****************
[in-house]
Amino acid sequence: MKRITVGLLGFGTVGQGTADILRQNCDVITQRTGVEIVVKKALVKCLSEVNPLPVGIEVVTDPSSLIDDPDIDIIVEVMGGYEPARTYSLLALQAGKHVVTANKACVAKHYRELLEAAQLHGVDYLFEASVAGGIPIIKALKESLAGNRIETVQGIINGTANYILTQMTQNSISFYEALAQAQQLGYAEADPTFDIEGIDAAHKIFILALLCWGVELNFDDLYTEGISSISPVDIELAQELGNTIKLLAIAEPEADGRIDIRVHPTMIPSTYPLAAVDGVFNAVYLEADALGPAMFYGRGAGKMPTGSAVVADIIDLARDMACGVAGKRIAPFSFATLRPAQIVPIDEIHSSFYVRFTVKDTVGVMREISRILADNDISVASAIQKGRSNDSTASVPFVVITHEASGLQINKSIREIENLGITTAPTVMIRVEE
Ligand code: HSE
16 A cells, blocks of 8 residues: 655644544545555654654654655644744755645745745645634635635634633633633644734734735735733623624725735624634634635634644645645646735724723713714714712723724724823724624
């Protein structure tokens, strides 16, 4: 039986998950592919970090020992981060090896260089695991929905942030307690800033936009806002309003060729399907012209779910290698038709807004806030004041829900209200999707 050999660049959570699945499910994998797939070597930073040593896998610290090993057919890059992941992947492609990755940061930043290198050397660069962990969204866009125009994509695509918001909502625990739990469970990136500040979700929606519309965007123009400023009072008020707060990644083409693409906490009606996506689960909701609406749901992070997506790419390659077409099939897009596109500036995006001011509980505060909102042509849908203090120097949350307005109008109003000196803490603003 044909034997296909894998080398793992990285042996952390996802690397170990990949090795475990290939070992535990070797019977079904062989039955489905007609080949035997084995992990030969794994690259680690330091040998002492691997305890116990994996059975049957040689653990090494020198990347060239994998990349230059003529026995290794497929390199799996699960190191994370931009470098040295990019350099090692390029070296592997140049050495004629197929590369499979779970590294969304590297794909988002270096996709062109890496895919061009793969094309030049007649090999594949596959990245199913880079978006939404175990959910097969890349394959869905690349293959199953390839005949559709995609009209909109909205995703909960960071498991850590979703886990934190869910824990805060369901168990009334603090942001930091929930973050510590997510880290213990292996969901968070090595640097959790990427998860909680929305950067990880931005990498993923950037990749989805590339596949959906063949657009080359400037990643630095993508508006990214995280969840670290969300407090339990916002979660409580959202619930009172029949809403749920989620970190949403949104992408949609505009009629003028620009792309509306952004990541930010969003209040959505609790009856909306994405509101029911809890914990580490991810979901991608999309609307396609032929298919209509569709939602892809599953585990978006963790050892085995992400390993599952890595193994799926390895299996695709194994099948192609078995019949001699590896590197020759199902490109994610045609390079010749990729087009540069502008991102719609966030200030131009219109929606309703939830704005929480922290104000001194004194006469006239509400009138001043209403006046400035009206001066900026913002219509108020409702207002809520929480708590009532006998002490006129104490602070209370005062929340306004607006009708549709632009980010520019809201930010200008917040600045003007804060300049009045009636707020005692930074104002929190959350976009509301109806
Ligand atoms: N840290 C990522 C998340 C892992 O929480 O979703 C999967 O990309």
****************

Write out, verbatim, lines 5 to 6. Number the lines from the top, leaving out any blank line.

């Protein structure tokens, strides 16, 4: 039986998950592919970090020992981060090896260089695991929905942030307690800033936009806002309003060729399907012209779910290698038709807004806030004041829900209200999707 050999660049959570699945499910994998797939070597930073040593896998610290090993057919890059992941992947492609990755940061930043290198050397660069962990969204866009125009994509695509918001909502625990739990469970990136500040979700929606519309965007123009400023009072008020707060990644083409693409906490009606996506689960909701609406749901992070997506790419390659077409099939897009596109500036995006001011509980505060909102042509849908203090120097949350307005109008109003000196803490603003 044909034997296909894998080398793992990285042996952390996802690397170990990949090795475990290939070992535990070797019977079904062989039955489905007609080949035997084995992990030969794994690259680690330091040998002492691997305890116990994996059975049957040689653990090494020198990347060239994998990349230059003529026995290794497929390199799996699960190191994370931009470098040295990019350099090692390029070296592997140049050495004629197929590369499979779970590294969304590297794909988002270096996709062109890496895919061009793969094309030049007649090999594949596959990245199913880079978006939404175990959910097969890349394959869905690349293959199953390839005949559709995609009209909109909205995703909960960071498991850590979703886990934190869910824990805060369901168990009334603090942001930091929930973050510590997510880290213990292996969901968070090595640097959790990427998860909680929305950067990880931005990498993923950037990749989805590339596949959906063949657009080359400037990643630095993508508006990214995280969840670290969300407090339990916002979660409580959202619930009172029949809403749920989620970190949403949104992408949609505009009629003028620009792309509306952004990541930010969003209040959505609790009856909306994405509101029911809890914990580490991810979901991608999309609307396609032929298919209509569709939602892809599953585990978006963790050892085995992400390993599952890595193994799926390895299996695709194994099948192609078995019949001699590896590197020759199902490109994610045609390079010749990729087009540069502008991102719609966030200030131009219109929606309703939830704005929480922290104000001194004194006469006239509400009138001043209403006046400035009206001066900026913002219509108020409702207002809520929480708590009532006998002490006129104490602070209370005062929340306004607006009708549709632009980010520019809201930010200008917040600045003007804060300049009045009636707020005692930074104002929190959350976009509301109806
Ligand atoms: N840290 C990522 C998340 C892992 O929480 O979703 C999967 O990309």